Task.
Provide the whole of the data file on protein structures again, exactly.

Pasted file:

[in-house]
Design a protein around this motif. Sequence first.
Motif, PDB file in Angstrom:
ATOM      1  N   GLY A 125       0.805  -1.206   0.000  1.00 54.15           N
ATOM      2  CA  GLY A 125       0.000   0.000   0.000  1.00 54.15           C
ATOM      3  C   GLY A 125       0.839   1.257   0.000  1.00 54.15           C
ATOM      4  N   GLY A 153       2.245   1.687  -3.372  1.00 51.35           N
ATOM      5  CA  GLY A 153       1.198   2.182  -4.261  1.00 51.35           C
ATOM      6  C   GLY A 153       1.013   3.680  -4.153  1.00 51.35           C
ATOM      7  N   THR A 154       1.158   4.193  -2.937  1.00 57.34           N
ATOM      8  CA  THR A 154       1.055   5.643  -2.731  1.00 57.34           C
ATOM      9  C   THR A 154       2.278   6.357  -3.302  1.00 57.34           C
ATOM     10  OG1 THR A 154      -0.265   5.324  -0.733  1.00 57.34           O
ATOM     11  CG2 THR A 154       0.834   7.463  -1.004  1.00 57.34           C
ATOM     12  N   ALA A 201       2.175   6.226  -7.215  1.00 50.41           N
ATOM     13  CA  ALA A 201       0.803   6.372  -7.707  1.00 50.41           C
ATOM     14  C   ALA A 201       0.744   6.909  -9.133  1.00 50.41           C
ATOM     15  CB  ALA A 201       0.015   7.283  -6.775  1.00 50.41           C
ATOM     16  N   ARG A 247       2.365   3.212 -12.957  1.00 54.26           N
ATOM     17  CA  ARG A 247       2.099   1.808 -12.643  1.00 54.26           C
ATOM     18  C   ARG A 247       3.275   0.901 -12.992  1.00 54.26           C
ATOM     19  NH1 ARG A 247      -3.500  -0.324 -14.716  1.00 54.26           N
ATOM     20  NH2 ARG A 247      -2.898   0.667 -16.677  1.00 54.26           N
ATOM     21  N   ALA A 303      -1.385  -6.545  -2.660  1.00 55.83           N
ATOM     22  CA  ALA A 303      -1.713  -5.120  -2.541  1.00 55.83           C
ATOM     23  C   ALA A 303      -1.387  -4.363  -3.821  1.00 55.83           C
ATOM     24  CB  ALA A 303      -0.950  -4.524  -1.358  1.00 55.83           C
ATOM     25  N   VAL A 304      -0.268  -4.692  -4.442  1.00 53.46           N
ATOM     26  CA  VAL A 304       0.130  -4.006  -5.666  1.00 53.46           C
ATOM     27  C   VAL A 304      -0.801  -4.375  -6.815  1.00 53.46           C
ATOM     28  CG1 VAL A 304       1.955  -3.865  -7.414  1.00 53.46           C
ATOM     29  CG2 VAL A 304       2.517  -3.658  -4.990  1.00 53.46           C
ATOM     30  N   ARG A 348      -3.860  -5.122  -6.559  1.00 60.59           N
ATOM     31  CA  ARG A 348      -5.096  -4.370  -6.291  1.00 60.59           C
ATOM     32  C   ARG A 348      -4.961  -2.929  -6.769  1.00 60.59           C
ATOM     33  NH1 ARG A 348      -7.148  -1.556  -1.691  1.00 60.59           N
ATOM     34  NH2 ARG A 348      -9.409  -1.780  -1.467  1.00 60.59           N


[in-house]
Design a protein around this motif. Sequence first.
Motif, PDB file in Angstrom:
ATOM      1  N   GLY A 125       0.805  -1.206   0.000  1.00 54.15           N
ATOM      2  CA  GLY A 125       0.000   0.000   0.000  1.00 54.15           C
ATOM      3  C   GLY A 125       0.839   1.257   0.000  1.00 54.15           C
ATOM      4  N   GLY A 153       2.245   1.687  -3.372  1.00 51.35           N
ATOM      5  CA  GLY A 153       1.198   2.182  -4.261  1.00 51.35           C
ATOM      6  C   GLY A 153       1.013   3.680  -4.153  1.00 51.35           C
ATOM      7  N   THR A 154       1.158   4.193  -2.937  1.00 57.34           N
ATOM      8  CA  THR A 154       1.055   5.643  -2.731  1.00 57.34           C
ATOM      9  C   THR A 154       2.278   6.357  -3.302  1.00 57.34           C
ATOM     10  OG1 THR A 154      -0.265   5.324  -0.733  1.00 57.34           O
ATOM     11  CG2 THR A 154       0.834   7.463  -1.004  1.00 57.34           C
ATOM     12  N   ALA A 201       2.175   6.226  -7.215  1.00 50.41           N
ATOM     13  CA  ALA A 201       0.803   6.372  -7.707  1.00 50.41           C
ATOM     14  C   ALA A 201       0.744   6.909  -9.133  1.00 50.41           C
ATOM     15  CB  ALA A 201       0.015   7.283  -6.775  1.00 50.41           C
ATOM     16  N   ARG A 247       2.365   3.212 -12.957  1.00 54.26           N
ATOM     17  CA  ARG A 247       2.099   1.808 -12.643  1.00 54.26           C
ATOM     18  C   ARG A 247       3.275   0.901 -12.992  1.00 54.26           C
ATOM     19  NH1 ARG A 247      -3.500  -0.324 -14.716  1.00 54.26           N
ATOM     20  NH2 ARG A 247      -2.898   0.667 -16.677  1.00 54.26           N
ATOM     21  N   ALA A 303      -1.385  -6.545  -2.660  1.00 55.83           N
ATOM     22  CA  ALA A 303      -1.713  -5.120  -2.541  1.00 55.83           C
ATOM     23  C   ALA A 303      -1.387  -4.363  -3.821  1.00 55.83           C
ATOM     24  CB  ALA A 303      -0.950  -4.524  -1.358  1.00 55.83           C
ATOM     25  N   VAL A 304      -0.268  -4.692  -4.442  1.00 53.46           N
ATOM     26  CA  VAL A 304       0.130  -4.006  -5.666  1.00 53.46           C
ATOM     27  C   VAL A 304      -0.801  -4.375  -6.815  1.00 53.46           C
ATOM     28  CG1 VAL A 304       1.955  -3.865  -7.414  1.00 53.46           C
ATOM     29  CG2 VAL A 304       2.517  -3.658  -4.990  1.00 53.46           C
ATOM     30  N   ARG A 348      -3.860  -5.122  -6.559  1.00 60.59           N
ATOM     31  CA  ARG A 348      -5.096  -4.370  -6.291  1.00 60.59           C
ATOM     32  C   ARG A 348      -4.961  -2.929  -6.769  1.00 60.59           C
ATOM     33  NH1 ARG A 348      -7.148  -1.556  -1.691  1.00 60.59           N
ATOM     34  NH2 ARG A 348      -9.409  -1.780  -1.467  1.00 60.59           N